Writing Technologies

[Printable version]


Daniel Cordle and Philip Leonard

‘exile was already there in paper’
Jacques Derrida, Paper Machine

Technology is frequently seen as an arriviste on the scene of writing. When Derrida argues that ‘it is not legitimate to contrast writing by hand and “mechanical” writing, like a pretechnological craft as opposed to technology’1 he seeks to disabuse literary critics, philosophers, and social commentators of the notion that writing was once an unmediated poiesis, now corrupted by modes of articulation which have turned the creative act of writing into a technical articulation, increasingly constrained and threatened by regulatory artifices. The quill, the pen, the mechanical typewriter, the electric typewriter, as well as the computer, for him instantiate writing’s enduring history as an intrinsically prosthetic and processed expression, these instruments offering various forms of mechanical resistance while at the same time allowing the act of writing to occur. Paper Machine is not, however, solely concerned to establish writing as an essentially technologized expression or to conceive it as the encoding of thought by an external apparatus. In addition to challenging the division between creativity and technicity that has prevailed – and stubbornly remains – in literary criticism, Derrida also questions the attempt to engineer the human as an entity that is, in essence, not technological. For him, the instruments that are necessary for writing are also central to identity formation: technologies of writing, and writing itself as a technology, prosthetically inaugurate the human, and they do so in different ways. Paper, for example, has held (and continues to hold) a ‘sacred power’,2 authenticating the proper name and archiving memory by giving it a seemingly incorruptible permanence in the world. The pen allows us to dream of immediacy and provides us with a particular sense of how our interiority is externalized. Today’s technologies offer not just a departure from the fantasy of physicality that other writing technologies promote, but also a different experience of time (‘These new powers delete or blur the frontiers in unprecedented conditions, and at an unprecedented pace’) and space (affecting frontiers ‘between the national and the global, and even between the earth and the extraterrestrial, the world and the universe’).3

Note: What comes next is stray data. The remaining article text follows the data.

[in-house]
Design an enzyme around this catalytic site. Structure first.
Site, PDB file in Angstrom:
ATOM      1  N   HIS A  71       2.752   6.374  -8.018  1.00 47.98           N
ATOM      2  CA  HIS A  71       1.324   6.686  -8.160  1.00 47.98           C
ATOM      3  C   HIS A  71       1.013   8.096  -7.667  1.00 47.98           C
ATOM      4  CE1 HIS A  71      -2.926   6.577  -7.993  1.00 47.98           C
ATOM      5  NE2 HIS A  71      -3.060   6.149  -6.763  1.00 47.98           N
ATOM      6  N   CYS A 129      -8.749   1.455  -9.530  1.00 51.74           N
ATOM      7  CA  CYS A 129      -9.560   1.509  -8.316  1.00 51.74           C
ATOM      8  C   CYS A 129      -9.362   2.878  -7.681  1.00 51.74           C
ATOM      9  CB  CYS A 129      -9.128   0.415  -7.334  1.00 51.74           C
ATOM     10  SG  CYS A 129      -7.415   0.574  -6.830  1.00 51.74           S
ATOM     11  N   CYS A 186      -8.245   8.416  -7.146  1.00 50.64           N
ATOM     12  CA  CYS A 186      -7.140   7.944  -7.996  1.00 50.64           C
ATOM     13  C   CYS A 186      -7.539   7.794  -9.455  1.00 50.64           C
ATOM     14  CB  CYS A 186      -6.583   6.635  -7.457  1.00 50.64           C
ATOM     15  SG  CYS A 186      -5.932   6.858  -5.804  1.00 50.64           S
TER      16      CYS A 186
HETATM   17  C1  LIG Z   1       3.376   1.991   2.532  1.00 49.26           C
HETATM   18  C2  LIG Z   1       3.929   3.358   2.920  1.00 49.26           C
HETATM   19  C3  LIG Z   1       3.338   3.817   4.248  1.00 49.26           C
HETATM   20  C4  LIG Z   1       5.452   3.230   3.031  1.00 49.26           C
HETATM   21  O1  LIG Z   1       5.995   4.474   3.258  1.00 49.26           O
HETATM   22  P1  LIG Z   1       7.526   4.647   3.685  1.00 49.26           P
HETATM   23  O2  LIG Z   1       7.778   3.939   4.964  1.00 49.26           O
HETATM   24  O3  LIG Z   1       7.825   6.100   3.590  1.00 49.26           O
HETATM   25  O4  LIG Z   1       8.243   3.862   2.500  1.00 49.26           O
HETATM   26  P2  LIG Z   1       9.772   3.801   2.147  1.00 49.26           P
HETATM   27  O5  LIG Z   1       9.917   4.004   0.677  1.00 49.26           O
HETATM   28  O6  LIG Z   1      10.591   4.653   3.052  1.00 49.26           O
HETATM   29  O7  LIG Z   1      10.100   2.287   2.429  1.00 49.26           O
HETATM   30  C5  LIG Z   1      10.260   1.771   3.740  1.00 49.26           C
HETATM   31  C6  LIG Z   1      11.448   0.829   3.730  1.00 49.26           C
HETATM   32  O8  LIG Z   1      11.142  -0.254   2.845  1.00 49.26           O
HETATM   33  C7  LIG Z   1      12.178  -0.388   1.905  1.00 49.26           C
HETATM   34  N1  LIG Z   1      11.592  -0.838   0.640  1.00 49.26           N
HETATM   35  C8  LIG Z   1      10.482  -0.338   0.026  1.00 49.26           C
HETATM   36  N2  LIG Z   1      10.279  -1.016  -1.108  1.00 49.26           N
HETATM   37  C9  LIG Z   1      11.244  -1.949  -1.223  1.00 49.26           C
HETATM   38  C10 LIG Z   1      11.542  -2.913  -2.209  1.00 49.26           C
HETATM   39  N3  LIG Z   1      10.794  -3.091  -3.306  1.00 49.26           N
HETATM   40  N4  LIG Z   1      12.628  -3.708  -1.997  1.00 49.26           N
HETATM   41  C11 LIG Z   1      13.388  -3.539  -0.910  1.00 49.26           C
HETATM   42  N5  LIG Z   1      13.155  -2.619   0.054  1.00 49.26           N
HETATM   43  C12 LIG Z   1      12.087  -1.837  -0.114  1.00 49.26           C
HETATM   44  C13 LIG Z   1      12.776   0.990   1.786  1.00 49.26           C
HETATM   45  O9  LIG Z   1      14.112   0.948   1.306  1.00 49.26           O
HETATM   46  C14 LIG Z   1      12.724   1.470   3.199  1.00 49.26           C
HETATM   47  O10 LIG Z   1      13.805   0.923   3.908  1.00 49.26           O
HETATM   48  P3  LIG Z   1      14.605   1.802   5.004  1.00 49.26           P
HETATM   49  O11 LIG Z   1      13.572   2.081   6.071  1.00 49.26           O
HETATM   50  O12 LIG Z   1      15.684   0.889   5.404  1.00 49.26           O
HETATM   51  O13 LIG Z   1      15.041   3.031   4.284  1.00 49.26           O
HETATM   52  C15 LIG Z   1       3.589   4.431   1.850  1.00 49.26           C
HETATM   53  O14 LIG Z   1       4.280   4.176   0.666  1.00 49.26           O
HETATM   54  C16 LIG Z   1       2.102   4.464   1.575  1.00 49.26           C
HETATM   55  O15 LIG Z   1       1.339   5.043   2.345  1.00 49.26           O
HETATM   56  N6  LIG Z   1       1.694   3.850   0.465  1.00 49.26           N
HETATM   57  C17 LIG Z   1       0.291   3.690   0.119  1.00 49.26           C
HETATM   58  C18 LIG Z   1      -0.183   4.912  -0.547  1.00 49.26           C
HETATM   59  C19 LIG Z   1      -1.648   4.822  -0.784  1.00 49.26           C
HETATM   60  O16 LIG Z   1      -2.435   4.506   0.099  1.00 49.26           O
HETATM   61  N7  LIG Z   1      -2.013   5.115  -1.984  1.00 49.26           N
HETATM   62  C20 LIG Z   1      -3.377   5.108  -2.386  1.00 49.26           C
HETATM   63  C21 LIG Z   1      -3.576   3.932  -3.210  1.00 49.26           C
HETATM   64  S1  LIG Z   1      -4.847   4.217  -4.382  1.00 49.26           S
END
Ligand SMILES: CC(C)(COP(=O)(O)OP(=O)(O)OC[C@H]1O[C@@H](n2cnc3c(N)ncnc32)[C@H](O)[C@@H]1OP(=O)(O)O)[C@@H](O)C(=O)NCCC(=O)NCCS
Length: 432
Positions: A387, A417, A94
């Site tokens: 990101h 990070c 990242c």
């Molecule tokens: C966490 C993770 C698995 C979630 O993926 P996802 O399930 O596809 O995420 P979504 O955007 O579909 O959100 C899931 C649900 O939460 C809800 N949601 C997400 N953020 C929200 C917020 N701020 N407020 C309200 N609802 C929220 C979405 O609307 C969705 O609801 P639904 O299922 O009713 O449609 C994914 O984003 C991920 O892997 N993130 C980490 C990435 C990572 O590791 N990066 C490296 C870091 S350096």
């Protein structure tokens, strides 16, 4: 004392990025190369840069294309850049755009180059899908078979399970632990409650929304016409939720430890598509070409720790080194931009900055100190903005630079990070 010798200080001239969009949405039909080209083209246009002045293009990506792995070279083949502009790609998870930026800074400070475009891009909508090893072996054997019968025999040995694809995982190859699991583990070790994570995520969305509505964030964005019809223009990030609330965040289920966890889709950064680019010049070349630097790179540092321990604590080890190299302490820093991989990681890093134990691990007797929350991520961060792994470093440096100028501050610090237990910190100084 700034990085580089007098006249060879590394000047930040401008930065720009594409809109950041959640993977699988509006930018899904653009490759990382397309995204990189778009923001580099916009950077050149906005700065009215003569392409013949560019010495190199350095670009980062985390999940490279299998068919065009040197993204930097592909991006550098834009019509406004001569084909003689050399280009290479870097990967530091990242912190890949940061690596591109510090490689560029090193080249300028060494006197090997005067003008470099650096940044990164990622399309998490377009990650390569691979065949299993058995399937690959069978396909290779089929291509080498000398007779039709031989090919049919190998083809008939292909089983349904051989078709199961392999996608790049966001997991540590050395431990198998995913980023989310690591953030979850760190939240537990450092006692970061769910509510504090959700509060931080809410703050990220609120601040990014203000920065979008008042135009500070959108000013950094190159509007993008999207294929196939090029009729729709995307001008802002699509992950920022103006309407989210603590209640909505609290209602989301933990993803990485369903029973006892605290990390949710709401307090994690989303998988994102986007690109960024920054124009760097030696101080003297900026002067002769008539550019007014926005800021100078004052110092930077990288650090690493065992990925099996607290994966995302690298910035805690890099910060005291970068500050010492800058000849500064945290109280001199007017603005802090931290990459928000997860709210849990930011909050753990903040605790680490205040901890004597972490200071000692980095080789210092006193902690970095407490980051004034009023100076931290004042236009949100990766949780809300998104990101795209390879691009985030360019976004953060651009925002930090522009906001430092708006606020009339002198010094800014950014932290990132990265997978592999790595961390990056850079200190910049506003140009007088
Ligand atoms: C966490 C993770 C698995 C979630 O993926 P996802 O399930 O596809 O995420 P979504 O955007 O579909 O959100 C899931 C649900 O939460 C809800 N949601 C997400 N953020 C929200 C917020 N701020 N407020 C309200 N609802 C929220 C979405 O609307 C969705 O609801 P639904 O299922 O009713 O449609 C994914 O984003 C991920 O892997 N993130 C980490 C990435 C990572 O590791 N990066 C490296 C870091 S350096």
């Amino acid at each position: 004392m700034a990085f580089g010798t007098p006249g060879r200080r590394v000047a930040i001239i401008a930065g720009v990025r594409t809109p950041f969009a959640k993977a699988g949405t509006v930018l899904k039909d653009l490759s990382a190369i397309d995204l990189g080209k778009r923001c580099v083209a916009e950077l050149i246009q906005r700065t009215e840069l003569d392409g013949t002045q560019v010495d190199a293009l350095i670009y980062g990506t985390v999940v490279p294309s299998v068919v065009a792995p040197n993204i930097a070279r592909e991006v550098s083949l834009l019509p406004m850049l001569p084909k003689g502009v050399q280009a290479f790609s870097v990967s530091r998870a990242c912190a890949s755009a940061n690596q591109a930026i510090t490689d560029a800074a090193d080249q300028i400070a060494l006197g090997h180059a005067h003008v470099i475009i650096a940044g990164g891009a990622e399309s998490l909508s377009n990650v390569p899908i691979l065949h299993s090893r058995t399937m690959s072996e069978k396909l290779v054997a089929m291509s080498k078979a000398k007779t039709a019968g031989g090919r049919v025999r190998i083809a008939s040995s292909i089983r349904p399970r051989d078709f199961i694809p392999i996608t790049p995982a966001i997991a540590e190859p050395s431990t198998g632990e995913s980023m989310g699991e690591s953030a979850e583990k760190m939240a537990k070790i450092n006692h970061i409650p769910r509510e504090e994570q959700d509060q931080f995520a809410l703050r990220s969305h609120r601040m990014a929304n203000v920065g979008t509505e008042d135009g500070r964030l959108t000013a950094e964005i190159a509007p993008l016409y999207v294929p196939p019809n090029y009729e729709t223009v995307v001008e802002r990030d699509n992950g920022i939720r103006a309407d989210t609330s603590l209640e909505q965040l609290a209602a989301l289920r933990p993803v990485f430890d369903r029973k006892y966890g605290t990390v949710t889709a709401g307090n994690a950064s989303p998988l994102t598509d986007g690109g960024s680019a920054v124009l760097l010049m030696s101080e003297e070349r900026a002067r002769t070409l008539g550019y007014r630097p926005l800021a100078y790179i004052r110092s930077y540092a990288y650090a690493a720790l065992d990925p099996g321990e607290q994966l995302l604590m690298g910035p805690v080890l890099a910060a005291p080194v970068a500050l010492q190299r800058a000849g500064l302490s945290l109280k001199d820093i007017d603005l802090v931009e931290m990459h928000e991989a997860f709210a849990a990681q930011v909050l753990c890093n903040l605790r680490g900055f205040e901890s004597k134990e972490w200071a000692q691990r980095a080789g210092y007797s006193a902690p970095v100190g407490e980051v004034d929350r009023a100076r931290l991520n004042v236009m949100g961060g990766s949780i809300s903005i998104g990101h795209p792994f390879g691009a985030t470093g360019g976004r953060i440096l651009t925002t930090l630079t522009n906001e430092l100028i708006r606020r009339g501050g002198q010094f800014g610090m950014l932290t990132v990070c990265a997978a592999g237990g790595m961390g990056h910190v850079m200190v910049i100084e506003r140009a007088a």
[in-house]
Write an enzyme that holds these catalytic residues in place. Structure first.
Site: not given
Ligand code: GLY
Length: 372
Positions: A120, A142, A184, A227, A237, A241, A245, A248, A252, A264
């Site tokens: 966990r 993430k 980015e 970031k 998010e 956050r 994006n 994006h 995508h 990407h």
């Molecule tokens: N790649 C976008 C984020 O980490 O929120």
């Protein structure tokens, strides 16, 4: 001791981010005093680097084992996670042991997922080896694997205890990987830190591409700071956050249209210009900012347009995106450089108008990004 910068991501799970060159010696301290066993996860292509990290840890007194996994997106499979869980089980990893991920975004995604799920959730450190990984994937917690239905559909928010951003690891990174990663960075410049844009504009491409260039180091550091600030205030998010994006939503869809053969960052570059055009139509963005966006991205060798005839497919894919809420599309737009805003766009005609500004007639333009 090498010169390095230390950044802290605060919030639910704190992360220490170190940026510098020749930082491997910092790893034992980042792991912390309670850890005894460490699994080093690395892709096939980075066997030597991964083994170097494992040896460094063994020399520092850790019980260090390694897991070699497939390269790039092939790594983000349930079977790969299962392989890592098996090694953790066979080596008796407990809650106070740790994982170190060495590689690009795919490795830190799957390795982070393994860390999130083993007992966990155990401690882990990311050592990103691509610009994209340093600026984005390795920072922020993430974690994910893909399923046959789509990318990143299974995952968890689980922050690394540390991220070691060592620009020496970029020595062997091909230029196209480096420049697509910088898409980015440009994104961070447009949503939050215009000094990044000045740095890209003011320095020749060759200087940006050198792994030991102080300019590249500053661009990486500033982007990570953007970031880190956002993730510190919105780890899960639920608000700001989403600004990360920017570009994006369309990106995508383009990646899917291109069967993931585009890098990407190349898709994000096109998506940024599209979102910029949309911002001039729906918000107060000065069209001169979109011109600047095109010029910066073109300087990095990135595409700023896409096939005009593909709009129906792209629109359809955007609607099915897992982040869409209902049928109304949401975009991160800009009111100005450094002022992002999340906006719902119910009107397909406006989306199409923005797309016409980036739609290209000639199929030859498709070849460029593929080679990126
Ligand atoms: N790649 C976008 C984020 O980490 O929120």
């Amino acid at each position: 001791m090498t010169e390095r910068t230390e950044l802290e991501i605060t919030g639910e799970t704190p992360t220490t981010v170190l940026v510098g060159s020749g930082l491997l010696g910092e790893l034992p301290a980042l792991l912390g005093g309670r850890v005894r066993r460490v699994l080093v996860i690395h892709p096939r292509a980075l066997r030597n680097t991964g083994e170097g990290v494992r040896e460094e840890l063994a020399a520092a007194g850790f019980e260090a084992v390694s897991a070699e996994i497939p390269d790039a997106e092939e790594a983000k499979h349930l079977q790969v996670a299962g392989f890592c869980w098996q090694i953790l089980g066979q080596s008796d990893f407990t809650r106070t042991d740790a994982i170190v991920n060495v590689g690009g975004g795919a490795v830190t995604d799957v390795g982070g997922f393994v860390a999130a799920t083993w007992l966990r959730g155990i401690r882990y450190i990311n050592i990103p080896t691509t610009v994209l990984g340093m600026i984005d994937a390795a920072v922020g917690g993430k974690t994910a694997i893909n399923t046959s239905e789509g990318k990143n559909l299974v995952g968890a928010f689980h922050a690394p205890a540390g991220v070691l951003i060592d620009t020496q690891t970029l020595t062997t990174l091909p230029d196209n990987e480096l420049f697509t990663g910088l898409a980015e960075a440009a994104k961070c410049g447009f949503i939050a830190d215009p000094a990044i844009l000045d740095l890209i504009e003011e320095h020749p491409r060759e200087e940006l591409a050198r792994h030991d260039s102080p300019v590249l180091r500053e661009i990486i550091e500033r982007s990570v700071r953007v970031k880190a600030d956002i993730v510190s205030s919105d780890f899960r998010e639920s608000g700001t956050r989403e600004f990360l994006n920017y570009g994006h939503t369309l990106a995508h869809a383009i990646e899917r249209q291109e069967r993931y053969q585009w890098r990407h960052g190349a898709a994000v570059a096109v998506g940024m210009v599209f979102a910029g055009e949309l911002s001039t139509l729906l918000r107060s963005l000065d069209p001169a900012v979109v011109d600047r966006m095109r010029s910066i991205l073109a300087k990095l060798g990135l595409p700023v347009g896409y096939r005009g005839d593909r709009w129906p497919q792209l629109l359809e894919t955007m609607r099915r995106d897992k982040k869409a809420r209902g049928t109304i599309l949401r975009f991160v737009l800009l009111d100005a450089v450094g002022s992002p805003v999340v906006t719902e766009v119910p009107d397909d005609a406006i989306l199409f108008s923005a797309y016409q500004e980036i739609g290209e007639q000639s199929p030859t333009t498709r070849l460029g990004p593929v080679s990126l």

Both the ontological persistence of and the specific effects that result from the writing-technology interface have been a constant source of fascination for some of the most prominent figures in cultural theory. Deleuze and Guattari stand as perhaps the most venerated of those who find an extreme saturation of the social and the subjective by technology, claiming that machinic assemblages pass through, shape, and (sometimes critically) reshape bodies and cultures. Certainly, this sense of the machinic as an embedded and ubiquitous force has found itself vigorously embraced by cultural theory in recent years, from DeLanda’s location of ‘the virtual’ in the physical and the natural (rather than in new technologies of representation alone)4 to accounts of the invisible and unpredictable complexity of informational systems.5 Often ignored in this work on the machinic qualities of social, cultural, and natural strata, however, is Deleuze and Guattari’s claim that the book too is an assemblage – ‘a literary machine’6 – which plugs into other machines, all functioning and failing in the production and transmission of meaning. When connected to their concepts of the rhizome (an acentred and immeasurable structure that defies positivism’s mania for the encyclopaedic) and rhizomatic writing, this concept of the machinic becomes a powerful resource for thinking the production of – and experiments with – printed textuality, as well as the alternative modes of articulation (such as hypertext, Wiki, blogs, Writely and networked writing) that are offered by emerging media and digital technologies.

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1. Jacques Derrida, Paper Machine, trans. Rachel Bowlby (Stanford: Stanford University Press, 2005), p. 20.

2. Derrida, Paper Machine, p. 58.

3. Derrida, Paper Machine, p. 57.

4. Manuel DeLanda, Intensive Science and Virtual Philosophy (London: Continuum, 2002).

5. See, for example, Theory, Culture & Society vol. 22, no. 5 (2005).

6. Gilles Deleuze & Félix Guattari, A Thousand Plateaus: Capitalism & Schizophrenia, trans. Brian Massumi (London: Athlone, 1988), p. 4